The Anti-Defamation League, Simon Wiesenthal Center’s Museum of Tolerance, and a whole host of other global organizations, have repeatedly asked Facebook to remove the offensive pages. Unfortunately the pages remain.

In an email to MSNBC last month, Andrew Noyes, Facebook’s public policy communications manager, wrote:

“We have spent considerable time internally discussing the issues of Holocaust denial and have come to the conclusion that the mere statement of denying the Holocaust is not a violation of our terms.

“We think that there is a meaningful difference between advocating violence against a group of people and expressing an opinion on a policy, set of beliefs, or historical event — even if that opinion is factually wrong, or is outrageous or offensive to most people.”

Noyes also mentions that although many employees at Facebook have personal connections to the Holocaust, “We believe in Facebook’s mission that giving people tools to make the world more open is a better way to combat ignorance or deception than censorship, though we recognize that others may disagree.”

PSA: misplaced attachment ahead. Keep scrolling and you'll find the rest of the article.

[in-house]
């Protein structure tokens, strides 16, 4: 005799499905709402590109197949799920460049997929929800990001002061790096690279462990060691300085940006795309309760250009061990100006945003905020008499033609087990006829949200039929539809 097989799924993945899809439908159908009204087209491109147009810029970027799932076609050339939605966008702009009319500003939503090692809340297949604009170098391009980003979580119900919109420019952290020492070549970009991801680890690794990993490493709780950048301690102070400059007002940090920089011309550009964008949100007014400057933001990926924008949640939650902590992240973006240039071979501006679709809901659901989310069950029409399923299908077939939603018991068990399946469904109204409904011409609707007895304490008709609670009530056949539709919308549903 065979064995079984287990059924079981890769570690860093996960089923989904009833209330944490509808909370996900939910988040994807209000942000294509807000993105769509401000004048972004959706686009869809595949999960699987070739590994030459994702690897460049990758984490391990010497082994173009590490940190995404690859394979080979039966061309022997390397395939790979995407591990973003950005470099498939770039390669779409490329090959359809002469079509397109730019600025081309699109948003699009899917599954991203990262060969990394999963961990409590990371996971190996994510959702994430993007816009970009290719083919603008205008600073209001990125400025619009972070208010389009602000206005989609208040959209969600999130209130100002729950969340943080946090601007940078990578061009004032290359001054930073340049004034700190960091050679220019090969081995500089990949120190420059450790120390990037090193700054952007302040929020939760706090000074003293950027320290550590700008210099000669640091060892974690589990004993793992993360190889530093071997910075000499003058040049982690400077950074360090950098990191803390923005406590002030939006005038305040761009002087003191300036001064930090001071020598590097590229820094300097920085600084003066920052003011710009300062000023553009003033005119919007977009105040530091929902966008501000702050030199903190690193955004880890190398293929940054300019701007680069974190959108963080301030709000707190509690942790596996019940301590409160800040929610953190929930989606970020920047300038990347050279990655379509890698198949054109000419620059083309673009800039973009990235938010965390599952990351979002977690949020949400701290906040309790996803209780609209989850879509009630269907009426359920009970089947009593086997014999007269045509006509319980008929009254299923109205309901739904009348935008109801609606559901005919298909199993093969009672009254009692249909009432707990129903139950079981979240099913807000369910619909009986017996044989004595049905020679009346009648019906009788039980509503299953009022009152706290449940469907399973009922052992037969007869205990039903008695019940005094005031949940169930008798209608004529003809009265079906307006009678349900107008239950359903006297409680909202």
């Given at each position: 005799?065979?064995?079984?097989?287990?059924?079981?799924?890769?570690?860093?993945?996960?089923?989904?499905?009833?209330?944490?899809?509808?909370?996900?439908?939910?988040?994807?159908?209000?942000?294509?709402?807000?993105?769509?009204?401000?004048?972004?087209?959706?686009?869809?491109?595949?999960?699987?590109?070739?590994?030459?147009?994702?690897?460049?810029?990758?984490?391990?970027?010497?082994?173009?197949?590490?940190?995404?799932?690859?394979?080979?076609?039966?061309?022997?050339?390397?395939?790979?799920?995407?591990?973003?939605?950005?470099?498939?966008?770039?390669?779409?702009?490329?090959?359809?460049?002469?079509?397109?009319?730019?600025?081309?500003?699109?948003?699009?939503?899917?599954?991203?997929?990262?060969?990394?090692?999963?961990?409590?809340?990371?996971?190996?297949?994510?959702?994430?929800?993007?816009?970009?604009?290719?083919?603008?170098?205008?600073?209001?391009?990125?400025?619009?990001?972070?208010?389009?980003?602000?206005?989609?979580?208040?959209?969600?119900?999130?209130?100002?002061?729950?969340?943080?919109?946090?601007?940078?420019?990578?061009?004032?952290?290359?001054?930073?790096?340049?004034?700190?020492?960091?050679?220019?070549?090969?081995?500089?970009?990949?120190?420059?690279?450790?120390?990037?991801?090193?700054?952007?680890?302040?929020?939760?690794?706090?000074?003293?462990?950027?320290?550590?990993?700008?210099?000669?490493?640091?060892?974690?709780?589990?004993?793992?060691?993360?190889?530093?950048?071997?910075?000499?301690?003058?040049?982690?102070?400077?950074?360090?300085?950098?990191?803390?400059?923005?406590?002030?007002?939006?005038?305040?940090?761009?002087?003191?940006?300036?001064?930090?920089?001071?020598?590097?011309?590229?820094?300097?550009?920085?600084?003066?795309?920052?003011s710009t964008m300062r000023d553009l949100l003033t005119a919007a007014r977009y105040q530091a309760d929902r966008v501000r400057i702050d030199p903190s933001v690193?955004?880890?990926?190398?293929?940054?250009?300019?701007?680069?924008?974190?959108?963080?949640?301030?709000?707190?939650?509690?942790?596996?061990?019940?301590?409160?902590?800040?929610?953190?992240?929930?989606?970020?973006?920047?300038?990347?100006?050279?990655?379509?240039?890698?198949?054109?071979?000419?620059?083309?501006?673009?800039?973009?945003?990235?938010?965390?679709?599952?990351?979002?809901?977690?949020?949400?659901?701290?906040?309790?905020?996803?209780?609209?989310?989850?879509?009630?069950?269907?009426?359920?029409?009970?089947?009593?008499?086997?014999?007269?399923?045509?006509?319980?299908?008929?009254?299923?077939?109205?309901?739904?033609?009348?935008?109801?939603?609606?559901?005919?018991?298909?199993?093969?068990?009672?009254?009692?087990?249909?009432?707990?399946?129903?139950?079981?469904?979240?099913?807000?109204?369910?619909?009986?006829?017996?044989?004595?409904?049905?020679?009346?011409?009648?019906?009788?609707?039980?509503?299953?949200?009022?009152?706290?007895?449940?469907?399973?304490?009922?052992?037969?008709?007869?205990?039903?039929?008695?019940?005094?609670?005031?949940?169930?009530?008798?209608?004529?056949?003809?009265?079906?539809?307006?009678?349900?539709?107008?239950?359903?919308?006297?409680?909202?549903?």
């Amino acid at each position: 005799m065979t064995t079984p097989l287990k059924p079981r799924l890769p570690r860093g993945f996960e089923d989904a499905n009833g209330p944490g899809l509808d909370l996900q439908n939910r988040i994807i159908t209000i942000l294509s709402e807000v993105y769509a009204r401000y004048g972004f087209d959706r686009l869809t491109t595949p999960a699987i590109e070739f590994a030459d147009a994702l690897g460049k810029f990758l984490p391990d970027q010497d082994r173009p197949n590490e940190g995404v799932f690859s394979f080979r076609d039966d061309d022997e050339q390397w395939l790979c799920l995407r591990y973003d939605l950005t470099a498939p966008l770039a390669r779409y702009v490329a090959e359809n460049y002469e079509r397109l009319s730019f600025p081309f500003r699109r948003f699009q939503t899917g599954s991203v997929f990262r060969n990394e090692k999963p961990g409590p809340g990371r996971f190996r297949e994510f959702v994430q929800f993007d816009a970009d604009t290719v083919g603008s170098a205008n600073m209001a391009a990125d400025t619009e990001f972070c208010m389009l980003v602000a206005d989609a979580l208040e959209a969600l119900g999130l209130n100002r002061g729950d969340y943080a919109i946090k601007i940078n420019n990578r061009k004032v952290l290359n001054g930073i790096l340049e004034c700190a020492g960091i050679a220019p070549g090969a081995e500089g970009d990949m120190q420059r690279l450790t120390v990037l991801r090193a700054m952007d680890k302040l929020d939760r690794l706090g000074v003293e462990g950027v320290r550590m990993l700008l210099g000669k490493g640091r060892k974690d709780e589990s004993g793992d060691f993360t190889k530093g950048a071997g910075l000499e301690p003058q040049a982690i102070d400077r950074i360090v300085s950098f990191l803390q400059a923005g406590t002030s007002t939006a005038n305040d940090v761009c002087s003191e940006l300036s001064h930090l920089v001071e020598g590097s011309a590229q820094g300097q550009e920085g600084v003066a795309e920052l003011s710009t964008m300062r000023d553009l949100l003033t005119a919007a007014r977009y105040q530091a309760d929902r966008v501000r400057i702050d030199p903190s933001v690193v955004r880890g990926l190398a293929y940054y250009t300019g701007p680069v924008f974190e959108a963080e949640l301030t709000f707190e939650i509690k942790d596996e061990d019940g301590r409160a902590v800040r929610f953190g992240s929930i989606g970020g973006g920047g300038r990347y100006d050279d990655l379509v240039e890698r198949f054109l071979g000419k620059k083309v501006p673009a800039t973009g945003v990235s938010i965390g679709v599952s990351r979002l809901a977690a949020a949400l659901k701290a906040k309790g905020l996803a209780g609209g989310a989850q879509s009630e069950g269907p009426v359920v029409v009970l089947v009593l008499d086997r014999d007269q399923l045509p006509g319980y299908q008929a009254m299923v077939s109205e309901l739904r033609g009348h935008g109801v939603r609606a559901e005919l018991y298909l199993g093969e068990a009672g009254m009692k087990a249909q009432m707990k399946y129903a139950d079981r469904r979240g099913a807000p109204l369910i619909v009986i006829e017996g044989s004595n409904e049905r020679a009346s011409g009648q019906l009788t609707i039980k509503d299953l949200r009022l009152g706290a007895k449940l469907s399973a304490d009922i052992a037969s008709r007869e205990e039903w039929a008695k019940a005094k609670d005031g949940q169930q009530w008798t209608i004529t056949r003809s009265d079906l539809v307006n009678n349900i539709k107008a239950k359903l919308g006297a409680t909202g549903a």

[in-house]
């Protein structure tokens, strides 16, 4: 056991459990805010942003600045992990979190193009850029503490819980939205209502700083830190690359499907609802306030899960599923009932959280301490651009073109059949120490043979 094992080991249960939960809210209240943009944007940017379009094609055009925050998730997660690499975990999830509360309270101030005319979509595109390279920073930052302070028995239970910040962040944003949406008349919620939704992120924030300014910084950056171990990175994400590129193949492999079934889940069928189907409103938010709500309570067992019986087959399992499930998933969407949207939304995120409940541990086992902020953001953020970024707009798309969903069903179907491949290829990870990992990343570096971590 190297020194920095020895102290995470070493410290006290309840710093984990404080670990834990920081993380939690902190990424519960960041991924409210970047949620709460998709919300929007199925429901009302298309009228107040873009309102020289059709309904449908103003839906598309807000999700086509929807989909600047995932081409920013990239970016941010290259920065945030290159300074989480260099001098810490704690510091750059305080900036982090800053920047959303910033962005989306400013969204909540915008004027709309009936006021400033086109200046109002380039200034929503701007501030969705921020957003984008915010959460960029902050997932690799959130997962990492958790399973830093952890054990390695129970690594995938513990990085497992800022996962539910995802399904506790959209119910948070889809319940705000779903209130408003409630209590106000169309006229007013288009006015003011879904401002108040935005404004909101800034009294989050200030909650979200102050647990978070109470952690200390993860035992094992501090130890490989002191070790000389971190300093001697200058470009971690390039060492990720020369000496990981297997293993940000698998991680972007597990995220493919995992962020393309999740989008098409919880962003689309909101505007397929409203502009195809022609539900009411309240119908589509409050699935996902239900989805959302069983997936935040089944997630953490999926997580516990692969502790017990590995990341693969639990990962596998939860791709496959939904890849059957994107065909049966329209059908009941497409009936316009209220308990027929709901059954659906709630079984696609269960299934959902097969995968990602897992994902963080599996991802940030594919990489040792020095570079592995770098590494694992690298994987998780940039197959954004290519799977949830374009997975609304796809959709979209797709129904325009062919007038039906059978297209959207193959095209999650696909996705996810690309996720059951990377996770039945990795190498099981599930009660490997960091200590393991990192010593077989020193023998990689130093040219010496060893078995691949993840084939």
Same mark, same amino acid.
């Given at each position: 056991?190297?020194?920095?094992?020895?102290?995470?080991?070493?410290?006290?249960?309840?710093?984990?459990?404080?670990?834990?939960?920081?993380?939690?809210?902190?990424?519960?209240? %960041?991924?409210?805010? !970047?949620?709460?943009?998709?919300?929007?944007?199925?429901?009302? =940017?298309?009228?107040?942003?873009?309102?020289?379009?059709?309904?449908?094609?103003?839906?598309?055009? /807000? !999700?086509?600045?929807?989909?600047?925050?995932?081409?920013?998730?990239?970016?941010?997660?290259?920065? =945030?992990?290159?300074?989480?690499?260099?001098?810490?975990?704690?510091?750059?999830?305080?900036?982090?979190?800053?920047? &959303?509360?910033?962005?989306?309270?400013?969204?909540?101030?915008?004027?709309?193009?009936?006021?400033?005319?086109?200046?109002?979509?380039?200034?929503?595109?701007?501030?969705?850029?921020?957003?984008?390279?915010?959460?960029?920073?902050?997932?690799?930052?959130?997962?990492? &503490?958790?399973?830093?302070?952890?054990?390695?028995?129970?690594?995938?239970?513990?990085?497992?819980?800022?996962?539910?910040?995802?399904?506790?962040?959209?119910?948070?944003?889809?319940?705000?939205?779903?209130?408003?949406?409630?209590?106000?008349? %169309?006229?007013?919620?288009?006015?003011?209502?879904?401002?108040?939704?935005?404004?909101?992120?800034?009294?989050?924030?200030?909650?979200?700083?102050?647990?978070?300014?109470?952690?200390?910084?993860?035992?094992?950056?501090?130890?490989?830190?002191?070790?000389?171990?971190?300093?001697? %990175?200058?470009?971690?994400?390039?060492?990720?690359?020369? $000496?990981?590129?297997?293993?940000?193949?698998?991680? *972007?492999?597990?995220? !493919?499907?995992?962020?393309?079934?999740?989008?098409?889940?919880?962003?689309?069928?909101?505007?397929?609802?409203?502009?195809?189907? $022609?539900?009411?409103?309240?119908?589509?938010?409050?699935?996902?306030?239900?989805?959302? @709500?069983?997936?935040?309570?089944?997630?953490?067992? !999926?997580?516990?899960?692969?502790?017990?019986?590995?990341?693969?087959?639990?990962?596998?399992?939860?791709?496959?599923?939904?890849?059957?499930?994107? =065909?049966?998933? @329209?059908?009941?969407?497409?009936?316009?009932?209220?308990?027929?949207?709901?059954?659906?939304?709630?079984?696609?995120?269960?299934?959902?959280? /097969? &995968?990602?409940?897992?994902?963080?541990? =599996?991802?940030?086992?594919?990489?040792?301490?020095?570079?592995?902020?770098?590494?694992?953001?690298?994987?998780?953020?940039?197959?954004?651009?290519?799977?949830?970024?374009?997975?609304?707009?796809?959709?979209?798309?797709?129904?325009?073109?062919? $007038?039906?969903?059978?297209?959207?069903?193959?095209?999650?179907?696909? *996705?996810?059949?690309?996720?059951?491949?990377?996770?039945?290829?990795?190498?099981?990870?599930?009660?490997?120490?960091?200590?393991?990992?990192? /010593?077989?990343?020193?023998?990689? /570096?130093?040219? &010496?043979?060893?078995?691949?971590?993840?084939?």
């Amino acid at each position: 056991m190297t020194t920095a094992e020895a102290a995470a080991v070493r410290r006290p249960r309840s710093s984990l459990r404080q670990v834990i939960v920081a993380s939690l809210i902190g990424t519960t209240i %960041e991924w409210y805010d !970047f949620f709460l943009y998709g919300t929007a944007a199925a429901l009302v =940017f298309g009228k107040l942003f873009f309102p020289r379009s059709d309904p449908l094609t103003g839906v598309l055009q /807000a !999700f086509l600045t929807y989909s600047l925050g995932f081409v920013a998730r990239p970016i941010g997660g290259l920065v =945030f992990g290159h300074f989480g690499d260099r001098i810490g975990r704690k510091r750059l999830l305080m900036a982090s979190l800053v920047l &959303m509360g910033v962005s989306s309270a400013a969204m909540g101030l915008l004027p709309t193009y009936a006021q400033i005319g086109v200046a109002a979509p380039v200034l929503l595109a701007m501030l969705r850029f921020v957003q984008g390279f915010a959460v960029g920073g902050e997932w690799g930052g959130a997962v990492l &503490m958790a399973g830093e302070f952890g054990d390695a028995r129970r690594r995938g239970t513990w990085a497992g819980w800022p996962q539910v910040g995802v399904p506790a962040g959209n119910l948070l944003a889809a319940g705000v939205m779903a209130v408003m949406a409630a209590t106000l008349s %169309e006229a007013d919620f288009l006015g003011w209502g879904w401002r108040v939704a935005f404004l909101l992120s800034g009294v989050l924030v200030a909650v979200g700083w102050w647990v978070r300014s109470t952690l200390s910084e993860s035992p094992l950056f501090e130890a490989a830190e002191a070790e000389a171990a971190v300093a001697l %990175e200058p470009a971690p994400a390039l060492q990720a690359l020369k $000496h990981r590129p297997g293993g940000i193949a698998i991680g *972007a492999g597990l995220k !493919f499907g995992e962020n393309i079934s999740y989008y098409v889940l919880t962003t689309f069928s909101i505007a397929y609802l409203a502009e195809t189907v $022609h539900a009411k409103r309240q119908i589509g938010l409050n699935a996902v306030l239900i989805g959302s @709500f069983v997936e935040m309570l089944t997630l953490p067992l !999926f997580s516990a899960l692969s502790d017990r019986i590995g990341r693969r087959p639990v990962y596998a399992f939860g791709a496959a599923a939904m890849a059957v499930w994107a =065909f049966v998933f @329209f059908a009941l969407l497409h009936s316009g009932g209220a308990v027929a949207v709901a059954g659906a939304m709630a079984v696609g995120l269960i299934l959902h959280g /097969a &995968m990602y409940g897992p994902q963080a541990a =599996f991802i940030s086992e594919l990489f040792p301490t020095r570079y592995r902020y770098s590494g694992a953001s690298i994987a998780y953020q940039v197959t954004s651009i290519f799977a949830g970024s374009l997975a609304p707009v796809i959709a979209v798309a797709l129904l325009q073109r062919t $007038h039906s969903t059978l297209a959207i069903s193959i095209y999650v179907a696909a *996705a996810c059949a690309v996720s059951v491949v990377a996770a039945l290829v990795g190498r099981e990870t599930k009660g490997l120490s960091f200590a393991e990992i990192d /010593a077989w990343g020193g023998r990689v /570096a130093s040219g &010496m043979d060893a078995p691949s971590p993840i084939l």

In other words, “let’s agree to disagree,” one of the most frustrating argument-enders of all time. That one never feels like a period at the end of a sentence to me but rather this: #@*!%#*.

I’ll end with something a tad more lighthearted. Per Lloyd Grove of The Daily Beast, “TechCrunch founder Michael Arrington, who noted that while Facebook was meticulously removing photos of breast-feeding women, it was allowing the proliferation of Holocaust-denial pages. His mordant headline: ‘Jew Haters Welcome At Facebook, As Long As They Aren’t Lactating.'”

I spurted milk out of my mouth while reading that this morning at breakfast. And no I’m not lactating. It was from my bowl of shredded oats.